January 31, 2012

2012 Ford Focus Titanium


Grrrrrrrrrrrrrrrrrrrrr!

Base Price: $22,700
As Driven: $26,640
Engine: 2.0L 4-cylinder, 160 hp
Transmission: 6 speed Automated Manual
Curb Weight: 2,948 lbs.
Wheelbase: 104.3 inches
MPG Rating: 27 city/37 highway

The Ford Focus was redesigned for the 2012 model year.  Our past experiences with the Focus are mainly through a friend who managed a local office of a major rental car company.  The company shall remain nameless, but Captain Kirk should have been in charge.  The branch manager referred to the Ford Focus quite frequently as the Ford F@#% Us. This was five years ago and a lot has changed for the Focus.
Ford provided a Focus Titanium that had MyFordTouch, 18 inch wheels, leather, and heated seats.  This particular Focus came with 17,000 miles on it.  Media fleet cars are known for getting thrashed, but this car was in great shape.  Some minor scratches around the interior, but otherwise it ran flawlessly.

The interior is quiet and feels solid.  Competitor models have more road noise and ride like a Humvee rolling over IED’s, but those same models can be had for substantially less money.  We just rated a list of cars for a friend and had to drop the Focus from the list because the other vehicles cost thousands less.  The road noise was noticeable, but it didn’t restrict conversation.
The backseat’s legroom is listed at 33.2 inches and as long as you’re not an adult it won’t matter.  We had two child seats in the back; one forward facing and one rear facing.  The rear facing one takes up more room and we were still able to position the driver’s seat comfortably.  Both kids had plenty of room and loved the Focus.
The backseat has molded plastic pockets on the door and two snack/candy traps lower next to the seat.  Places in other brands where the orange fish and gummy candy ruins carpet; Ford has installed easy to clean plastic.  Making it easier to vacuum out and wipe down; putting that seed of doubt in your single friends’ minds that you might have been lying about having kids the whole time.
 
Check out the cracker traps!
One of the features we really enjoyed was the cruise control.  We love this option when it displays the exact speed when set.  It’s convenient to be able to adjust the speed by one mph with just the touch of a button.  The controls themselves were easy to use, but we wished the car would remember if we had turned the cruise on the last time we were in. 
The ergonomics of the upper steering wheel controls weren’t quite bothersome, but didn’t stand out in a good way.  We’re used to a more flat plane for the controls on the wheel and the ones in the Focus are curved.  The shape of the wheel causes the top half of the controls to be farther away than the bottom half.  Again, not changing the overall experience of the car, but something that stood out like that gnat at Grandma’s annual Awkward Conversations with All the Relatives We Don’t Really Talk To Picnic.  We love our grandmas and that’s why we go; period.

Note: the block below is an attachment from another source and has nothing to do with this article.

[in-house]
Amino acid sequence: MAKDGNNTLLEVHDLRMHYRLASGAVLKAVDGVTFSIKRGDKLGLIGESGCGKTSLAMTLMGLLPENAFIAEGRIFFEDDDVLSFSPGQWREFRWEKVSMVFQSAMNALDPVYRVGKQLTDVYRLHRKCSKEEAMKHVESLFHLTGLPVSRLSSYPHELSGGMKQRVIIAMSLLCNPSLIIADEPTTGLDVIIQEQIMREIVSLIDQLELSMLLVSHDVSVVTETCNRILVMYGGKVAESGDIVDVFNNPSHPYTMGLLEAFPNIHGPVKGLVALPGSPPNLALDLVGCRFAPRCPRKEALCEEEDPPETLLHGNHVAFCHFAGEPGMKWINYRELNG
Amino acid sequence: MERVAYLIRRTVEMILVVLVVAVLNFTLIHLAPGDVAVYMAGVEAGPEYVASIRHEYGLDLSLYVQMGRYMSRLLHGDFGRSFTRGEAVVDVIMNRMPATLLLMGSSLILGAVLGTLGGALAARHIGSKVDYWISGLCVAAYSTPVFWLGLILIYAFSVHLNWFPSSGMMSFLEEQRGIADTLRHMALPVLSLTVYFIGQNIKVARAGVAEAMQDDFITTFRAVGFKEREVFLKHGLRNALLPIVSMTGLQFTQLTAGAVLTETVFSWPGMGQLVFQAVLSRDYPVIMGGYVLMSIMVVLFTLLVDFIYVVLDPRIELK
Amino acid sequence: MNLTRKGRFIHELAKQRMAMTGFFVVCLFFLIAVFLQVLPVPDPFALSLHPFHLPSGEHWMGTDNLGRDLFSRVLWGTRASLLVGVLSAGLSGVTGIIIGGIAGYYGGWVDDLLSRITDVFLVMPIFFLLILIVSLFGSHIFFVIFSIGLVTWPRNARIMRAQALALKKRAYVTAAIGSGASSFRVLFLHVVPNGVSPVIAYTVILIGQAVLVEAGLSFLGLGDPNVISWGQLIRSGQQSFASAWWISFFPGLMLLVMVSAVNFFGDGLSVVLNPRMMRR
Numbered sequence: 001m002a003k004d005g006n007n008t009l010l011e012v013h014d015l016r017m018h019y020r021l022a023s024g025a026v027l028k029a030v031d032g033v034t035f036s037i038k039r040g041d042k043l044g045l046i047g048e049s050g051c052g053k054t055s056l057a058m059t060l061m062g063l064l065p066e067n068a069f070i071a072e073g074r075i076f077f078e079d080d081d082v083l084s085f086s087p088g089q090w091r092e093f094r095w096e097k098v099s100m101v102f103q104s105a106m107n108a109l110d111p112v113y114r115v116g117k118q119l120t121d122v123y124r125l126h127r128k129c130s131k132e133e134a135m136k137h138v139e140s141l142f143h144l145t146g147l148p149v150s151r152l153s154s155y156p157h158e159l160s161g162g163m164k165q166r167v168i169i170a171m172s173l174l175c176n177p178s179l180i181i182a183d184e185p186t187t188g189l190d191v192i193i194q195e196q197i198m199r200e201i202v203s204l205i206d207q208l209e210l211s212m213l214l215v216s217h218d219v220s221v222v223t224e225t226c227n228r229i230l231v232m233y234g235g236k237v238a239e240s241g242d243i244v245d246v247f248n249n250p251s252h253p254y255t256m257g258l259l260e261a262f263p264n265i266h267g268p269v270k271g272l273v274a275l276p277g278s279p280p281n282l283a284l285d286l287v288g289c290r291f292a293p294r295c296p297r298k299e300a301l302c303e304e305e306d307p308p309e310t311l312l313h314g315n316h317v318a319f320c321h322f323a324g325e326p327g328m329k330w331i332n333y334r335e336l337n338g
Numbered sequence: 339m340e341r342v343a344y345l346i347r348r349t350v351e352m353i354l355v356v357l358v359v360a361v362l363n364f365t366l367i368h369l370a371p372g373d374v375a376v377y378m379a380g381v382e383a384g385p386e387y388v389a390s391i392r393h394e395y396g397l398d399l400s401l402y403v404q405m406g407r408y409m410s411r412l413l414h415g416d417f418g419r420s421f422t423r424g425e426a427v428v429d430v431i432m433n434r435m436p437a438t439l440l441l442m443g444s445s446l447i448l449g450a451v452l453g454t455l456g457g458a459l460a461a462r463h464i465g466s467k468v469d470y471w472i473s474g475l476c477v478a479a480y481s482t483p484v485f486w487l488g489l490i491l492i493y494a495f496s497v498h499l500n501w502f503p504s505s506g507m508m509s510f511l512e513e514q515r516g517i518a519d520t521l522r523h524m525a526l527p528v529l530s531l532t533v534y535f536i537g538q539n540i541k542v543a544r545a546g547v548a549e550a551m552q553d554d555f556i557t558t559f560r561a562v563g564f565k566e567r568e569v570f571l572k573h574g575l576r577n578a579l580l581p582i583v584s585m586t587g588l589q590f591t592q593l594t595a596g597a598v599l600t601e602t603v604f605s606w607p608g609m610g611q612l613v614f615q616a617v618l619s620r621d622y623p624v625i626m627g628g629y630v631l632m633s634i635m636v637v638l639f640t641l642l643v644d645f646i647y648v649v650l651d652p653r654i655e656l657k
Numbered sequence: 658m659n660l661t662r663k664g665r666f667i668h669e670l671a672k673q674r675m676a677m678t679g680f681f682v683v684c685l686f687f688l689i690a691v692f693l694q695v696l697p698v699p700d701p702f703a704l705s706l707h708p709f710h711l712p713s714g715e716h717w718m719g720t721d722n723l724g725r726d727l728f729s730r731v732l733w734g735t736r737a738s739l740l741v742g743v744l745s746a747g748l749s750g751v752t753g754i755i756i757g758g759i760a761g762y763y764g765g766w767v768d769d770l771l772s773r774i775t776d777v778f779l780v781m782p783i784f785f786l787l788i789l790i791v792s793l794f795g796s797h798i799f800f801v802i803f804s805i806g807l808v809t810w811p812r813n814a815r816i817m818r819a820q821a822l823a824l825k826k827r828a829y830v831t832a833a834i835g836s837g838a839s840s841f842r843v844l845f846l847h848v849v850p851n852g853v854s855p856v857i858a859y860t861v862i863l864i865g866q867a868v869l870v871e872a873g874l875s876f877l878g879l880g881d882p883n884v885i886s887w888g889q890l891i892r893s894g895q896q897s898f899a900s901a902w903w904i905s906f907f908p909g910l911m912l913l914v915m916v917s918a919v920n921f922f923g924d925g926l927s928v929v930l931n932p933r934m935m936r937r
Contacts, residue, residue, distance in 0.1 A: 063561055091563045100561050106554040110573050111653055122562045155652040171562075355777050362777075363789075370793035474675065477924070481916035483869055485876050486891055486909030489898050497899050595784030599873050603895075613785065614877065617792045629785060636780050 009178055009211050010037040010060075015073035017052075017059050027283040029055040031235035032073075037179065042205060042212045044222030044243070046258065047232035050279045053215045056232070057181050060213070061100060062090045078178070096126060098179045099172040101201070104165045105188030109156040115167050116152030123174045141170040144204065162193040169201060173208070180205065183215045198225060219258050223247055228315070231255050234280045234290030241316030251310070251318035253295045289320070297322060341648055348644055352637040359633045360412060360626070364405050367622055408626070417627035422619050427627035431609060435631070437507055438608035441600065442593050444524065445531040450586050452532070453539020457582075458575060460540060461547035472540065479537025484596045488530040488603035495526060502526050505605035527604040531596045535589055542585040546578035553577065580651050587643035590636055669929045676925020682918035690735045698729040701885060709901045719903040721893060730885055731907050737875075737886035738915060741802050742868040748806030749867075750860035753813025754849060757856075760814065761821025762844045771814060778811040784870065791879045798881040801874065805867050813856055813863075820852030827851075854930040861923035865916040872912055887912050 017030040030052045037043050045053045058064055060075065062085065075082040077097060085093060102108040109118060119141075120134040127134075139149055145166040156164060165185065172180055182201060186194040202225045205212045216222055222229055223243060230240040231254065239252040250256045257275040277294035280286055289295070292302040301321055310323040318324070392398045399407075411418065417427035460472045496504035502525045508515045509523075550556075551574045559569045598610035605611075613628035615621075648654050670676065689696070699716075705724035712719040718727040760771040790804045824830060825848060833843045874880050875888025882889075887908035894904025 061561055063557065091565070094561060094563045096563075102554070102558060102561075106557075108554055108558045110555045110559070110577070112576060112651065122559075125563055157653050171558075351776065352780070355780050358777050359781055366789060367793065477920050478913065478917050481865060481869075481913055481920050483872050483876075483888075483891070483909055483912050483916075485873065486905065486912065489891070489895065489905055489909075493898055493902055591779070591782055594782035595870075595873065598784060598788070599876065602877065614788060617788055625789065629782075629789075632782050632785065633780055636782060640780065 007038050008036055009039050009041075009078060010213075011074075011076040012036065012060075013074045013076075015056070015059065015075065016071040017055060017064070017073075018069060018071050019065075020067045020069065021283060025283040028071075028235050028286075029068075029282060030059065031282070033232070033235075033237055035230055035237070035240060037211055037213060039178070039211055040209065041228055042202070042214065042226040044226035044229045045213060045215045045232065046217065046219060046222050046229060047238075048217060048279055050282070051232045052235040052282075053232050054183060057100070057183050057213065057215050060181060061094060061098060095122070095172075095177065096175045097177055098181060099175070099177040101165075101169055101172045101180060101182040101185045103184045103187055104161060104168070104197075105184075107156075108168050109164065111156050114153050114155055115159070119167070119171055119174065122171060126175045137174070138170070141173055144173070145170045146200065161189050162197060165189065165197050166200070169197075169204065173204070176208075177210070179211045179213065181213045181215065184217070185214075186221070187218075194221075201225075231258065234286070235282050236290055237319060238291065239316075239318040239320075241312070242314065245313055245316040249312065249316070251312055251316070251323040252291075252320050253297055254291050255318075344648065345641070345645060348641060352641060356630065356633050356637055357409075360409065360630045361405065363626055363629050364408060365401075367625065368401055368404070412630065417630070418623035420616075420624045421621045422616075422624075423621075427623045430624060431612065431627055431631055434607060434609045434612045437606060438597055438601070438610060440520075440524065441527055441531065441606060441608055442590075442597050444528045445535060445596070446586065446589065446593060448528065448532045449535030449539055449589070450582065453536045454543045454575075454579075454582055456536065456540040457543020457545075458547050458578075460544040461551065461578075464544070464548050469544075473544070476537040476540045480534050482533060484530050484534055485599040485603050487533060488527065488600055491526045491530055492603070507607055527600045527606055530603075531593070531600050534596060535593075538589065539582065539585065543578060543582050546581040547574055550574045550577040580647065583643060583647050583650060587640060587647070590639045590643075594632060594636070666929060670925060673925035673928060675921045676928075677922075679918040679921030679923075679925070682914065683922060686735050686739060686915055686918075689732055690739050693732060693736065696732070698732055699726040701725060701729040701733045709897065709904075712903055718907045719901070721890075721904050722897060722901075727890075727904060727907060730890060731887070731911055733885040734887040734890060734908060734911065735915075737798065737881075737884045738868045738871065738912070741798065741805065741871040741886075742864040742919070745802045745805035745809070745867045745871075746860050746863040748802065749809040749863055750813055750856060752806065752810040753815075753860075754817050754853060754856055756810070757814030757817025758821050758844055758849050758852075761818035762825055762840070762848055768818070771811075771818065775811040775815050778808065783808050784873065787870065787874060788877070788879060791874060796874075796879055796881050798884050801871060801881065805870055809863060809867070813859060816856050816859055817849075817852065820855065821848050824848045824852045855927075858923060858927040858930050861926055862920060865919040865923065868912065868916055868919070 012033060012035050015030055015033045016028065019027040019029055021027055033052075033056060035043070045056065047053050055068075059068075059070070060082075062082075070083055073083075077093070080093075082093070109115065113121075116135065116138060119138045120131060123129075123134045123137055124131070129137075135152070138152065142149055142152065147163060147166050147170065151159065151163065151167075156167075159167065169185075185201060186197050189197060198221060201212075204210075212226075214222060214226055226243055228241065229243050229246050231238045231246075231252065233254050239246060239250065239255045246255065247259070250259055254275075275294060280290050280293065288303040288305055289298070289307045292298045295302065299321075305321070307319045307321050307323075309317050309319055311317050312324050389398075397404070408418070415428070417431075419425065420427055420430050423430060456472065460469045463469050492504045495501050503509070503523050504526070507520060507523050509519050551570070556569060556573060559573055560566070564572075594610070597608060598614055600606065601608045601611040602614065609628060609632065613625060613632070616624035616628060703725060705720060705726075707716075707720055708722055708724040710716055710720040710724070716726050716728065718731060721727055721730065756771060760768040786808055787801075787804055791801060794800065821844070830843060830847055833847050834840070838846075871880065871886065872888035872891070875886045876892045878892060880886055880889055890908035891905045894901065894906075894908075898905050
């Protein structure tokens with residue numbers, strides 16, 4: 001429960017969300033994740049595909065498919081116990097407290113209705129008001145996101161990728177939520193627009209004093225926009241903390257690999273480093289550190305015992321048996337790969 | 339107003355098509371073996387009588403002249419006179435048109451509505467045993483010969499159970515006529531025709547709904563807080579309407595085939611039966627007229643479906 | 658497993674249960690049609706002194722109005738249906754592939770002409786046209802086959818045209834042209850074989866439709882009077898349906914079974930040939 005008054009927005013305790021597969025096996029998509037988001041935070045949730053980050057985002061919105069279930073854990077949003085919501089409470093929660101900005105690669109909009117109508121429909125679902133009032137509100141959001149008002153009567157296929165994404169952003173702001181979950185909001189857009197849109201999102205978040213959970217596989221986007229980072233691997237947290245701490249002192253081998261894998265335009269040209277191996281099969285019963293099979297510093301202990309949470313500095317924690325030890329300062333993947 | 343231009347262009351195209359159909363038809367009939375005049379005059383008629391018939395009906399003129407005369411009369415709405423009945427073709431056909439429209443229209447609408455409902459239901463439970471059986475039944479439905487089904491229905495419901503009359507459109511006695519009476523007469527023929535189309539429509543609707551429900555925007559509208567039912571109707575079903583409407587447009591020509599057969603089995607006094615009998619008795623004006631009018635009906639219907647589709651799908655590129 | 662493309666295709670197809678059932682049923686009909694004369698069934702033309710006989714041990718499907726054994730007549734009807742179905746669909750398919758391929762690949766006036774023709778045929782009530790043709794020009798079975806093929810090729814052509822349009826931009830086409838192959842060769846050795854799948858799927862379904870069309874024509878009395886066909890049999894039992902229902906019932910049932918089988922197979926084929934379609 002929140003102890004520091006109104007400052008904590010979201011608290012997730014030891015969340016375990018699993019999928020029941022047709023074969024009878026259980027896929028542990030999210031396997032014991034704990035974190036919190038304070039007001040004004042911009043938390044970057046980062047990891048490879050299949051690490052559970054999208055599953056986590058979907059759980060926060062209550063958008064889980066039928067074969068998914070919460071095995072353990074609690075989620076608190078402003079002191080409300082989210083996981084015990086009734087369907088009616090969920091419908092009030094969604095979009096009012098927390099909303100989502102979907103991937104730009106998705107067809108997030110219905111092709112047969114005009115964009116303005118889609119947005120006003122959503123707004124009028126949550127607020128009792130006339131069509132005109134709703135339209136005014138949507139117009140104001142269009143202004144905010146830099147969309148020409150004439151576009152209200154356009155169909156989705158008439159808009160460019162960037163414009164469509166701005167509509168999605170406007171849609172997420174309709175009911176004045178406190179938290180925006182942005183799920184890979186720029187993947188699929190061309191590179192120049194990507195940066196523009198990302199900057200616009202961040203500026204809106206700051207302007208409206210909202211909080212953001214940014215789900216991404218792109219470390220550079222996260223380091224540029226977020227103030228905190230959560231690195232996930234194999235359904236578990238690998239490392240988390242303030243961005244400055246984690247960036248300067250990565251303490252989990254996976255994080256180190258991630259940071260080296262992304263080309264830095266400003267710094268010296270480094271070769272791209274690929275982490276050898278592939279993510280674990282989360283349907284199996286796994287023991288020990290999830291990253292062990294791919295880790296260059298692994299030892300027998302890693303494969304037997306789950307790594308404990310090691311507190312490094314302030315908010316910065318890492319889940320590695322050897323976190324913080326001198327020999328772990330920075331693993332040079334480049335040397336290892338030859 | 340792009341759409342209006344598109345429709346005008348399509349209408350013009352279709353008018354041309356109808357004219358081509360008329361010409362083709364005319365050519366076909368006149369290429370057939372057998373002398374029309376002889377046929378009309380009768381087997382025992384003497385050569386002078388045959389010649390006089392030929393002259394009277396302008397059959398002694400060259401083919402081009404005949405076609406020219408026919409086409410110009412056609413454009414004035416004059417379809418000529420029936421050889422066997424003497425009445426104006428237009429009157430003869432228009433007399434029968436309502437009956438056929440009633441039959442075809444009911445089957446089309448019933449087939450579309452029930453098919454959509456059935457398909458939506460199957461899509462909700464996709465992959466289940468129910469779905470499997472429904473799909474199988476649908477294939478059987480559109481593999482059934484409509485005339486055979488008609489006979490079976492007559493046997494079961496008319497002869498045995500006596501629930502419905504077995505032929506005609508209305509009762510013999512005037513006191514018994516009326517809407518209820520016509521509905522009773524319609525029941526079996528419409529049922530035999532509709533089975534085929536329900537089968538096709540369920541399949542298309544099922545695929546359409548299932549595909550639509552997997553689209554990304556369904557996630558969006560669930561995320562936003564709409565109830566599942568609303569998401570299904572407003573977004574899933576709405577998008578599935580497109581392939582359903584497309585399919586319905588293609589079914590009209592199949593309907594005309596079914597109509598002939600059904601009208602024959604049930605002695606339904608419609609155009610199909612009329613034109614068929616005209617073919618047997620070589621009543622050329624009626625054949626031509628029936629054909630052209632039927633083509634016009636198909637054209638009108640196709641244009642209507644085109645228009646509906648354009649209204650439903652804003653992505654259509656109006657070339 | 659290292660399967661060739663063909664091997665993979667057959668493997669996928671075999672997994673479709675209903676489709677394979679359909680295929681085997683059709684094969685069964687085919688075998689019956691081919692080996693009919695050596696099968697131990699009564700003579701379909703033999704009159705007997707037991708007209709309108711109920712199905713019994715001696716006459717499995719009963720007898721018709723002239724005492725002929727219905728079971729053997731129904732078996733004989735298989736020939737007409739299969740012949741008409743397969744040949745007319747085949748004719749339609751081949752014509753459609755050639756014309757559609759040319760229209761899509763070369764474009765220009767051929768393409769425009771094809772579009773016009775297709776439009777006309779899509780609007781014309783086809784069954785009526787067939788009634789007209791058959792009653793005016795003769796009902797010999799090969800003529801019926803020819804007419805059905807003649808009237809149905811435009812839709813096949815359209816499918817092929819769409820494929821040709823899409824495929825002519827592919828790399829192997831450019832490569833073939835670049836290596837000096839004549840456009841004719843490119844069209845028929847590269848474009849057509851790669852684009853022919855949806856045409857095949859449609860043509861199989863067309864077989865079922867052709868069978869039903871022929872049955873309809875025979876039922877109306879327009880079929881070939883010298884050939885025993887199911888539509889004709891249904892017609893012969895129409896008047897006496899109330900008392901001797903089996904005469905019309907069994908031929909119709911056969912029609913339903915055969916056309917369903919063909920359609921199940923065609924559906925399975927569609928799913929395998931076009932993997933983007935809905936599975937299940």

The Titanium came with MyFordTouch.  Being able to browse our iPod is a feature that we all enjoy.  It’s one thing to use the voice commands to request a band, but sometimes we can’t remember all of the individual artists contained in 8GB of content.  Between the voice recognition and the touch screen, pretending to be Ensign Wesley Crusher is simple and fun.  “Computer, play something fast!”  When the touch screen would respond sluggishly, it was even easier to imagine Capt. Picard screaming at us.  No matter how we changed the sensitivity of the touch screen, we couldn’t get it right.

That's not an alien spacechip; it's a Ford!

While the Focus has loads of technology on the inside, there is no back up camera.  It’s not a very big car, but we kind of expected it to have a backup cam; if for no other reason than for Ford to be able to charge accordingly.
The LED dome lights will outlast all of the other components in the car.  The interior lighting is so brilliantly white that the 3.5 year old kept asking us to turn it off.  Without going through the manual, we’re still not sure how to set the dome lights to not turn on when the car doors open. 
The cargo volume is very impressive for the Focus’ class.  Measuring in at 23.8 cubic feet, the Focus has the most readily accessible cargo volume.  The Hyundai Accent was the closest competitor at 21.2 cubic feet.  The back hatch is easy to open, but you have to use the specific hatch handles to close it, otherwise the ergonomics get all wibbly-wobbly.

The Kinetic design of the exterior is much better to look at than past models.  The front end is especially great.  The lines of the front end are aggressive and sinister.  With the five spoke sport wheels, the Focus rivals the rest of its class.  It doesn’t have the gapping smile of the Mazda3 or the awkwardness of the Elantra. 
Most Fords come without a fuel cap now!
The gas door blends in perfectly along the side.  The door is not a sugar cookie shape of other models.  It’s a parallelogram that matches the rest of the lines perfectly.  In fact it took most of us a substantial amount of time to find it. 
We’re not fans of the Titanium wheels.  There are approximately 93 spokes and we prefer the more aggressive five spoke wheels.